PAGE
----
LHIN’s future out of CKHA board’s hands


With changes potentially coming in how the province funds and oversees health care in Ontario, the head of the board for the Chatham-Kent Health Alliance said the board can only worry about issues it can influence.

Greg Aarssen, chair of the CKHA board, said the possible collapse of the Local Health Integration Networks (LHINs) – the provincial bodies the previous Ontario government created to disburse funding to health care operations – was discussed at the board’s most recent meeting. But there is little, if anything, the board can do on the matter.

“We have a mandate to run the very best hospital facilities we can. We continue to focus on that,” Aarssen said. “Changes are contemplated at the Ministry of Health at political levels. These things have happened for decades. We need to focus on our responsibilities.”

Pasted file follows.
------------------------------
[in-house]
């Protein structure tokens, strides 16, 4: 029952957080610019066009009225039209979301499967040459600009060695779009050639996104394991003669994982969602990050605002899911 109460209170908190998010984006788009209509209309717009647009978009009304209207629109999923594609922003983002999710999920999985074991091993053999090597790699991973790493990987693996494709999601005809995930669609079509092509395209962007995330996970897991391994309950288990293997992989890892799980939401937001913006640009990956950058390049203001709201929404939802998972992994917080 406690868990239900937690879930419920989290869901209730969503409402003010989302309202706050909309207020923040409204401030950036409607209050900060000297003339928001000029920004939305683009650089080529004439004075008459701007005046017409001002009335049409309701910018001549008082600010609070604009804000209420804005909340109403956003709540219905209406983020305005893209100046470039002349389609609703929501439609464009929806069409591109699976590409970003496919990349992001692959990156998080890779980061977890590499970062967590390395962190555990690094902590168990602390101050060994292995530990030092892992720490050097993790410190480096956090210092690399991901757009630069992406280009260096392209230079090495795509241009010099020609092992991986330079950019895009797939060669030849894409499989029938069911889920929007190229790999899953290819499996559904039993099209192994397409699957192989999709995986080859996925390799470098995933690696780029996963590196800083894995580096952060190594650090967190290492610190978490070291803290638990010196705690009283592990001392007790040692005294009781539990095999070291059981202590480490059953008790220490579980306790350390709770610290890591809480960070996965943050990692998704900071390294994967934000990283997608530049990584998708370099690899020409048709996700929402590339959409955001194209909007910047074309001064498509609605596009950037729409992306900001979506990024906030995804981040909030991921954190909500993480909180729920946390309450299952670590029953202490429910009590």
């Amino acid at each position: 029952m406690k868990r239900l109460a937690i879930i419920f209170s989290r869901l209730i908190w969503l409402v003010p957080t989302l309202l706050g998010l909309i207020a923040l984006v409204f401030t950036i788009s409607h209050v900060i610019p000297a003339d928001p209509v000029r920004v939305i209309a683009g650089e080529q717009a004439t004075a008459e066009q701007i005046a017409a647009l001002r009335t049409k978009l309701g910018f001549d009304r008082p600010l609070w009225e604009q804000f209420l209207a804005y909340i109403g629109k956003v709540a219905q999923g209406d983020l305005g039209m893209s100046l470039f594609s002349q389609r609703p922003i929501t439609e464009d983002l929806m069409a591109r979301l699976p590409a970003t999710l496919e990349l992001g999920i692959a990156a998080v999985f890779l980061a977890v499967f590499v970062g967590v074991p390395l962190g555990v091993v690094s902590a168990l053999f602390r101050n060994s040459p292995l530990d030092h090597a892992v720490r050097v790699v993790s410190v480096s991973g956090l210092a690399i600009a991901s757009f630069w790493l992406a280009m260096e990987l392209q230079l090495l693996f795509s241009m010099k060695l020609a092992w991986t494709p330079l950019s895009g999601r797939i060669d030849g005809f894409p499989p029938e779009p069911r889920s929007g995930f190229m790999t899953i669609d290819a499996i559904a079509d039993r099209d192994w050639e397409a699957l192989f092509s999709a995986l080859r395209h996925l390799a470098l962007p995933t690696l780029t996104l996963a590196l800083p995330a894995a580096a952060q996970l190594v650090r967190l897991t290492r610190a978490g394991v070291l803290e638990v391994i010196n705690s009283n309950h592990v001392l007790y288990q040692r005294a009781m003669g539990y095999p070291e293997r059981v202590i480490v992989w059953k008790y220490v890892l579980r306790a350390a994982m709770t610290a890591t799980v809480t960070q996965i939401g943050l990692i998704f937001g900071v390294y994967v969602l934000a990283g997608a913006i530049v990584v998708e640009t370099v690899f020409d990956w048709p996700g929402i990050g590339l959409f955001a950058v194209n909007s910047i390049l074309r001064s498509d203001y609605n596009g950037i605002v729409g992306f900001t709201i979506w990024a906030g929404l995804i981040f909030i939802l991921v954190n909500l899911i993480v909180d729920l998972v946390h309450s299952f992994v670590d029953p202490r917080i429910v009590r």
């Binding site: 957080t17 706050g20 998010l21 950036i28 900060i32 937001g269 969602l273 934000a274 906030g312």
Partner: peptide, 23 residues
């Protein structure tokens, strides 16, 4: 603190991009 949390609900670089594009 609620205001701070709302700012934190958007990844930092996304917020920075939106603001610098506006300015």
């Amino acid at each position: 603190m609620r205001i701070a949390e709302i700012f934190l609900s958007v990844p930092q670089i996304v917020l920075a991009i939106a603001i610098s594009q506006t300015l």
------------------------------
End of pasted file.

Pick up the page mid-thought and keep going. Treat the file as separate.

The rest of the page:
He said those include showing a healthy bottom line and focusing on patient care and patient safety.

“As for what happens with concerns at Queen’s Park, we’ll wait to see what that looks like,” he said. “Information is trickling in at this point in time.”

Aarssen said he understands the Ford government’s interest in trying to cut costs where possible in health care.

“Health care is a big cost in the province. The government is trying to find ways to save on those costs,” he said.

As far as privatizing health care, an issue brought up by various special interest groups, Aarssen dismissed that notion.

“I haven’t heard anything about privatization at this time, other than some sabre rattling by certain groups,” he said.


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